Butch Walker, the famous (yet reclusive) southern artist said it best, "if I make up my own “ism” no one can say anything or tell me what I'm doin is wrong.” Making up your own word leads to a self-defying opportunity. End of an Era, the hard rock-techno mash-up from Toms River probably would reject the words I just used to describe them, for lead Drummer Jeff S. Aka “Spags” says their music should be labeled “sex pretzel.” To defend my words, the five-piece band is unique, in that the hard driven guitar riffs and fast drum beats go well with thumps you would usually hear at a rave. Mixing heavy electronics and a hard rock sound is always something the band wanted to do since their formation in the early 2000’s. All of the members including lead singer Jeff Wallace, guitarists Jeff Brogan and Chris Matsinger, and bassist Justin Mazyk had all been in previous bands all over the Jersey Shore, but according to Spags “failed miserably.” What they took was the best part of those bands (themselves), and made a super, better band. Ironically, End of an Era was the start of something new and a name that Spags says “just sounded cool and would look good on a poster.” Their songs get you going from the beginning. In the song “No Tomorrow,” it blasts with crunching guitars and high-pitched key boards. Wallace’s throaty, baritone voice sounds like he should be grouped into the likes of singers such as Seether, Three Days Grace and Staind. Perfect for top 40, but that is not what End of an Era is trying to attain. In their song “Malevolent Nation" the lyrics play out like an ad against America’s obsession with celebrity: “We’re not trying to sell a product/we’re not trying to sell a trend/we are not the American Idols, We don’t live in Laguna Beach.” Lauren Conrad they are not…Spags described the songs meaning: “It basically explains the band in a nutshell. Many people seem to be infatuated with pop culture and we just want them to know from the get-go that we're not the popular kids who realized they all wore the same brand of jeans and decided to start a band. We're basically a freak show. ” The boys seem like they are socially aware of what’s going on in the world and would say that is a factor, however they are doing what any band would do: “We don't consider ourselves a "political" band, per say. However, we do consider our songs to be more of a social commentary. We filter the things we see, hear, and feel in our everyday lives down into our music.” The rigorous lifestyle of playing 8-10 shows a month took its toll on the band and they took a short break in 2010. They found themselves back in a room writing new music with everything falling back into place. The band knew they had unfinished business. The band took home first place in The Jersey Showdown in January and created a self-titled album full of eleven new songs which was released in March. As far as the future they plan to continue to tour and are headed up the east coast in April and in the mid-west in June. You can catch them on April 1st at Station 36 in Waretown, NJ, at the Trocadero Theatre in Philly on April 23rd, Yardley Community Center in Yardley, PA May 7th, and HHVFW in Hasbrouck Heights, NJ on May 21st. They plan to continue to tour and are headed up the east coast in April, mid-west in June and hopefully a full U.S. tour. Check them out at www.endofanera.org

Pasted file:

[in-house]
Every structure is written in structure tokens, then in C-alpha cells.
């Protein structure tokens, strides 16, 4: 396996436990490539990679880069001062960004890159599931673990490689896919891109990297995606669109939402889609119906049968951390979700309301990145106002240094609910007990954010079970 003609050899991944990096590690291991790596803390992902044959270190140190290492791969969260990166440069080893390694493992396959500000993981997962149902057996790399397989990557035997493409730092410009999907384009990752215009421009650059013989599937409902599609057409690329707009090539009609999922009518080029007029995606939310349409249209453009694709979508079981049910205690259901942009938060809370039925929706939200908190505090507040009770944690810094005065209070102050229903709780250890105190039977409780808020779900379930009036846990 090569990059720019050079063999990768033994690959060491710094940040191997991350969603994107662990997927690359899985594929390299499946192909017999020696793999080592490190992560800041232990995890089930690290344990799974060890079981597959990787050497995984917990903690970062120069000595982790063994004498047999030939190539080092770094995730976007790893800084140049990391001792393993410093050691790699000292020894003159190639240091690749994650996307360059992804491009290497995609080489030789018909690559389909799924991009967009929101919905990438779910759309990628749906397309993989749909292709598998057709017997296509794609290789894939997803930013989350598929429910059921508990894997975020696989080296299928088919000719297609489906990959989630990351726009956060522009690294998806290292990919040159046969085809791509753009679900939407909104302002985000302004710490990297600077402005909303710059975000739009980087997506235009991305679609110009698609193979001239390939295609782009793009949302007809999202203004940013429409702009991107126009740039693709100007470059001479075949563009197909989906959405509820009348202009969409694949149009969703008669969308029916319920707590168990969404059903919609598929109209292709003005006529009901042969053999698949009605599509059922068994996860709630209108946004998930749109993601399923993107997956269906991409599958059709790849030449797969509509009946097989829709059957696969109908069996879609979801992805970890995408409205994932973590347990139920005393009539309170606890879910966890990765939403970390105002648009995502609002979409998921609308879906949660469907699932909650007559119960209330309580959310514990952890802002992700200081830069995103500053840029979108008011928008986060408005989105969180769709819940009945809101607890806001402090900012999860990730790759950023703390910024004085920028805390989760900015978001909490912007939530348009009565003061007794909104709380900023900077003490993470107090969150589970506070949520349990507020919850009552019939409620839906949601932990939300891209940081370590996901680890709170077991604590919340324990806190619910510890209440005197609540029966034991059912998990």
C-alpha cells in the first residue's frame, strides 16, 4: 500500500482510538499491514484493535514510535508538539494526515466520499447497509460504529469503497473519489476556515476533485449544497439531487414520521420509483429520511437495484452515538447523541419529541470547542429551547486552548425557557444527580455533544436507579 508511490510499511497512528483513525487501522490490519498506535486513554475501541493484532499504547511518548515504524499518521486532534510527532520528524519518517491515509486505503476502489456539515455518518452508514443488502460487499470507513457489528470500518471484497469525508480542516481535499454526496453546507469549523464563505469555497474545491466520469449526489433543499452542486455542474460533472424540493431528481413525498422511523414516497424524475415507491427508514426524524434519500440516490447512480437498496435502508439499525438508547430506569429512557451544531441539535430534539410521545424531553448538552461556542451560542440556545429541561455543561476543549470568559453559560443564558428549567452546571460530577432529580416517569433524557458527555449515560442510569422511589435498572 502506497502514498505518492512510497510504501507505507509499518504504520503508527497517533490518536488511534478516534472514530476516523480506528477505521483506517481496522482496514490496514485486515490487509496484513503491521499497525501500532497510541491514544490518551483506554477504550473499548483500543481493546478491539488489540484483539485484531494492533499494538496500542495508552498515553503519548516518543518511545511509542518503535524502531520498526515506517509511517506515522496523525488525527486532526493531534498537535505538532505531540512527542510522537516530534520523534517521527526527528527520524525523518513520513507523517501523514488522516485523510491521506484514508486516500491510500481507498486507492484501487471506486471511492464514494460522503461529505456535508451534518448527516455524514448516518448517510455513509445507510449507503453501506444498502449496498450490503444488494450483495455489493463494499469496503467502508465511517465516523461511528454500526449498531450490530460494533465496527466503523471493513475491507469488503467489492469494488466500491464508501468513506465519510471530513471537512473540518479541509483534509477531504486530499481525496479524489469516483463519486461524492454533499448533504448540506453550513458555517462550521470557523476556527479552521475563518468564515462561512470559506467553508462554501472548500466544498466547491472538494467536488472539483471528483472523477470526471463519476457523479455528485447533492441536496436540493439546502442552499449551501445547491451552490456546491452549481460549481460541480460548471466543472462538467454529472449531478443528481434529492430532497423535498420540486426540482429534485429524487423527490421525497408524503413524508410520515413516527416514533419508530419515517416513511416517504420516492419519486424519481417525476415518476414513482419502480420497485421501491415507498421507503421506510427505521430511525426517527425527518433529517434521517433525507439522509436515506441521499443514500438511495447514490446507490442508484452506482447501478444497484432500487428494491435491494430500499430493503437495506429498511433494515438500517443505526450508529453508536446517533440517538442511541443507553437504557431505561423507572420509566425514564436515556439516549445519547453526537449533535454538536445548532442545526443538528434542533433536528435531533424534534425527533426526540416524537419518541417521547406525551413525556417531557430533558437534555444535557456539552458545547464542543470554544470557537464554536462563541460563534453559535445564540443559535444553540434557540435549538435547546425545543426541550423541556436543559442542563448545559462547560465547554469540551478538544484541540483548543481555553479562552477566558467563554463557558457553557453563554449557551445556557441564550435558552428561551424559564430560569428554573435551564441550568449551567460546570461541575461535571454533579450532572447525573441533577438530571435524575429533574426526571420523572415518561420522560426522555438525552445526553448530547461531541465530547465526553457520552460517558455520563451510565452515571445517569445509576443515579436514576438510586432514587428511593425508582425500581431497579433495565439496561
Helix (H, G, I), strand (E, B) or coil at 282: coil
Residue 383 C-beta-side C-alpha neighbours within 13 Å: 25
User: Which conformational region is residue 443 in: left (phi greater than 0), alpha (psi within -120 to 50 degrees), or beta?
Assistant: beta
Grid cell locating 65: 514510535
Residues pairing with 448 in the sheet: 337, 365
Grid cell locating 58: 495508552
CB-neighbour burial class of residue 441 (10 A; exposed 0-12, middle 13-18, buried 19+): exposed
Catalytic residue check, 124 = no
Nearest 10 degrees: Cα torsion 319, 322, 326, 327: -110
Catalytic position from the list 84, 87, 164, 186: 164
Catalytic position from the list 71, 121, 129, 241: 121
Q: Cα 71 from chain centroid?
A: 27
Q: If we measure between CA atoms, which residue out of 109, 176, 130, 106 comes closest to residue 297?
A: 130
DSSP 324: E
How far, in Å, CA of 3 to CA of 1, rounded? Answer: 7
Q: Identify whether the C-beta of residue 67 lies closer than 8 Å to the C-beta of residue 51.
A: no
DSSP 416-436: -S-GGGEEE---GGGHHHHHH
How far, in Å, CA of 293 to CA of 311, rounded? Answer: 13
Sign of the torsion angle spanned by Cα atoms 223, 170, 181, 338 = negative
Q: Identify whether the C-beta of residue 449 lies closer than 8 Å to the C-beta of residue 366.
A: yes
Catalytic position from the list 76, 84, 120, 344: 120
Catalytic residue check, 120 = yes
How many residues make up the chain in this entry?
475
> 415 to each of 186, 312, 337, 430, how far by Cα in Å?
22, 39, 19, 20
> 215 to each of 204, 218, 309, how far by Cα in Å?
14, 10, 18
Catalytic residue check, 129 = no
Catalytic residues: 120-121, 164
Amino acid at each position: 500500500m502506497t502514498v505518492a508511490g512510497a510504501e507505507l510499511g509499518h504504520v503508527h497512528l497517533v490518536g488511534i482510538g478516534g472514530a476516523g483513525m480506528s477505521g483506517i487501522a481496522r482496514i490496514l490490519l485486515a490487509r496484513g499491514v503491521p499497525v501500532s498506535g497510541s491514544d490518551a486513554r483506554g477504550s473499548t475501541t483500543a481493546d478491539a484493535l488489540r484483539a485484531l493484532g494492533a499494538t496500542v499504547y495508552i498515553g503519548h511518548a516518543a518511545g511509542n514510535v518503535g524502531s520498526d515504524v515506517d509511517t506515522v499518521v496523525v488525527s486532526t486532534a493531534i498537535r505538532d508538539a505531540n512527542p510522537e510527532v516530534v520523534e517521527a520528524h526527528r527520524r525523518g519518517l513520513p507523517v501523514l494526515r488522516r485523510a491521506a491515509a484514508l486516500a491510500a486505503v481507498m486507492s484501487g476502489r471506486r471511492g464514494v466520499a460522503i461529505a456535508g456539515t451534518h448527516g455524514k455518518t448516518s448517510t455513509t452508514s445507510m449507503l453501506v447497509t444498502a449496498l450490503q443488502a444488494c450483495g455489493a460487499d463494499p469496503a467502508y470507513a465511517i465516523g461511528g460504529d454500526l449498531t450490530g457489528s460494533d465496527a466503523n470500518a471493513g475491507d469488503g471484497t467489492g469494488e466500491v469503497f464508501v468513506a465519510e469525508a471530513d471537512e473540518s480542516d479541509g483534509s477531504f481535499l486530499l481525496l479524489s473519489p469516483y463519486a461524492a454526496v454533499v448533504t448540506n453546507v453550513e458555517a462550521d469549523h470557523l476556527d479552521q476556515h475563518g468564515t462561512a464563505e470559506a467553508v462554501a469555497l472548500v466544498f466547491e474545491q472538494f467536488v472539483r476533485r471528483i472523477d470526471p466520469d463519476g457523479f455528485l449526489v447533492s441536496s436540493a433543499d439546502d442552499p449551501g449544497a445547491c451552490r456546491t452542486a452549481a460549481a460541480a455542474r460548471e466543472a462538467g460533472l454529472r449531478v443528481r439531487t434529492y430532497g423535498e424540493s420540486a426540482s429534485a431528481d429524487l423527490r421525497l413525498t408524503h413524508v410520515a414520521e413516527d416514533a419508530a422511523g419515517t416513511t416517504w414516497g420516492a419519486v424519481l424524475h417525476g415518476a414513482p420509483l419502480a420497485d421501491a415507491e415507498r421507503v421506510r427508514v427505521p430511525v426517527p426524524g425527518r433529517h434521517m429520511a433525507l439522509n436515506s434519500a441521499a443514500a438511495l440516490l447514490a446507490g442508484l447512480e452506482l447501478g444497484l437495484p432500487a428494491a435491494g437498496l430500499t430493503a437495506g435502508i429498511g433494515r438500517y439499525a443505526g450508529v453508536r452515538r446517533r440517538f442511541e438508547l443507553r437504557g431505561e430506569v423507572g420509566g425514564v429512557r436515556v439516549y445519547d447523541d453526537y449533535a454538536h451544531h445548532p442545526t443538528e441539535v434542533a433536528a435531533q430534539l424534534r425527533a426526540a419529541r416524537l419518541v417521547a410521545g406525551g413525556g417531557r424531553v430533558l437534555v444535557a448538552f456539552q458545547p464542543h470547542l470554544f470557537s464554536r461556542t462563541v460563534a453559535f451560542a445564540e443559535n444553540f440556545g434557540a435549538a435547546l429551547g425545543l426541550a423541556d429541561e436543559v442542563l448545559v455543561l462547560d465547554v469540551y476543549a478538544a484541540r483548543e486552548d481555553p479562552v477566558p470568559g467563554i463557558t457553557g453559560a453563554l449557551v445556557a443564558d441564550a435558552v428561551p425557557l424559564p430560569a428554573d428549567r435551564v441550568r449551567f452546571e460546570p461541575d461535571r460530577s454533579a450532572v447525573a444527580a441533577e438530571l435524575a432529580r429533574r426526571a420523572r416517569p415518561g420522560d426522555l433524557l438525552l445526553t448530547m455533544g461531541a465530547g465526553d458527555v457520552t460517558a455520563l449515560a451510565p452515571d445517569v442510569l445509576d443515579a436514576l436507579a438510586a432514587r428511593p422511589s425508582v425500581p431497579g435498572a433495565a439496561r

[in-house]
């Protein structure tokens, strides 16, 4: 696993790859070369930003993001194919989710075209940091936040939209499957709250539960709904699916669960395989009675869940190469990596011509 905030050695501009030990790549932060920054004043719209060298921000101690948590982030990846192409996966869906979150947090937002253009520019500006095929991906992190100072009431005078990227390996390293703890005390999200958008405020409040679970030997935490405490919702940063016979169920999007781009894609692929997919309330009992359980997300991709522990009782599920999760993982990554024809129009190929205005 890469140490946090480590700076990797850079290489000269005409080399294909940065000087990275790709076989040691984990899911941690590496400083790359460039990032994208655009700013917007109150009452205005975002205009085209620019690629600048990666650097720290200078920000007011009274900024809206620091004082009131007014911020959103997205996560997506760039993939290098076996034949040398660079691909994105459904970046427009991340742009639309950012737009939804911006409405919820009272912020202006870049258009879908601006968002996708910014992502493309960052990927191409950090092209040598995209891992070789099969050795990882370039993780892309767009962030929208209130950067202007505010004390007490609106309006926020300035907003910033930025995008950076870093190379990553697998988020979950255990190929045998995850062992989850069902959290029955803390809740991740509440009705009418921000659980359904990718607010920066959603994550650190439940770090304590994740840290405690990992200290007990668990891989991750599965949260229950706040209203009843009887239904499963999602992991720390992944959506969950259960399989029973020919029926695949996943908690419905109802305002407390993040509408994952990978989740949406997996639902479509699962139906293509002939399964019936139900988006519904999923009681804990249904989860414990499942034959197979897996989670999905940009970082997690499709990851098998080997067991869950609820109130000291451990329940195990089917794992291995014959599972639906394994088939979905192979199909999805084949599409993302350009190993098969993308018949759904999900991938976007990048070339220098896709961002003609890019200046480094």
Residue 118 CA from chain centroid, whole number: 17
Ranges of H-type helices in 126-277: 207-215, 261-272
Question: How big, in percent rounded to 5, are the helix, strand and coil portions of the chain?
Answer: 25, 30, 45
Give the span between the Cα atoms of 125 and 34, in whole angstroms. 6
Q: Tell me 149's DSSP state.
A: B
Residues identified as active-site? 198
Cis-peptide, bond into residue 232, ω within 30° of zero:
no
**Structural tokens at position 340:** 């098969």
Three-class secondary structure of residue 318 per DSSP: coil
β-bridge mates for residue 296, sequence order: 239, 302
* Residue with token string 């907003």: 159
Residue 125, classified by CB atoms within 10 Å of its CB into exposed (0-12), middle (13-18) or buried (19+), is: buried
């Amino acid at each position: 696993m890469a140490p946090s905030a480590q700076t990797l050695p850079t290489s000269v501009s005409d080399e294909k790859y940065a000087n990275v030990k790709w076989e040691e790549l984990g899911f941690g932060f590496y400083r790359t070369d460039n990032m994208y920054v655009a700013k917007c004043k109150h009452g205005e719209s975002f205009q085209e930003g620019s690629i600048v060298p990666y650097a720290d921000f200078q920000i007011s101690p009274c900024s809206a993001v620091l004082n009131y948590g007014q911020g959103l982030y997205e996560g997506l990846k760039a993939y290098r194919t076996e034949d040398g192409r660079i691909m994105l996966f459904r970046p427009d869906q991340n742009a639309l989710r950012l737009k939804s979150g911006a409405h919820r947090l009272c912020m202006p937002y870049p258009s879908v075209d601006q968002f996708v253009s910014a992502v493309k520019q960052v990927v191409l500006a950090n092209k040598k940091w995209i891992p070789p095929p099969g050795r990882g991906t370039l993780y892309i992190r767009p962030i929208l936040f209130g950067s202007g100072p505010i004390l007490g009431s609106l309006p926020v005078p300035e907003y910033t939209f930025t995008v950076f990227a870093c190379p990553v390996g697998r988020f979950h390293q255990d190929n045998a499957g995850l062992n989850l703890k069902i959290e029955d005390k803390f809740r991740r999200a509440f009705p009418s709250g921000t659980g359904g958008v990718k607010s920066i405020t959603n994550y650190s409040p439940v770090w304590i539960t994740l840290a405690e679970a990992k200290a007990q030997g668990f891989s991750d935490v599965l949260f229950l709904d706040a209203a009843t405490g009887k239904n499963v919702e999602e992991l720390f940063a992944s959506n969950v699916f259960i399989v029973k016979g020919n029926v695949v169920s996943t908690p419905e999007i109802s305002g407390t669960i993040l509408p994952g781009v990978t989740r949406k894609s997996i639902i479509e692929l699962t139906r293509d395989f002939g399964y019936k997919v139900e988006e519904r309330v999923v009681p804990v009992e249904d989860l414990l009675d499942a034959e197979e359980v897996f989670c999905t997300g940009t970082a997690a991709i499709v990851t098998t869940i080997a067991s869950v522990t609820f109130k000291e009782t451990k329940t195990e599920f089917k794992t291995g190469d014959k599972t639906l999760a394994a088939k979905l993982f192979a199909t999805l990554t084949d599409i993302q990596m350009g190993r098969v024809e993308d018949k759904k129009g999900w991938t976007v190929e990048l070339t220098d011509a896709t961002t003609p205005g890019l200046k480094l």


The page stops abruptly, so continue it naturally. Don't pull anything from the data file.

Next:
Seattle rock legends Foo Fighters are releasing two albums and a documentary within two weeks of each other in April. On Tuesday April 5th, the documentary Foo Fighters: Back and Forth will screen in select theatres across the country as voted by a website. The screenings will also be followed by a live concert of the band performing their new album Wasting Light in its entirety which releases the following week April 12th. And as if that wasn't enough on Record Store Day- April 16th, Foo Fighters will release Medium Rare, a collection of classic rock covers on vinyl! Included in the tracklisting is a cover of the Ramones' classic "Danny Says". Check it out:
Medium Rare Tracklist: 01. “Band on the Run” (Paul McCartney & Wings) 02. “I Feel Free” (Cream) 03. “Life of Illusion” (Joe Walsh) 04. “Young Man Blues” (Mose Allison) 05. “Bad Reputation” (Thin Lizzy) 06. “Darling Nikki” (Prince) 07. “Down in the Park” (Gary Numan) 08. “Baker Street” (Gerry Rafferty) 09. “Danny Says” (The Ramones) 10. “Have A Cigar” (Pink Floyd) 11. “Never Talking to You Again” (Hüsker Dü) 12. “Gas Chamber” (Angry Samoans) 13. “This Will Be Our Year” (The Zombies)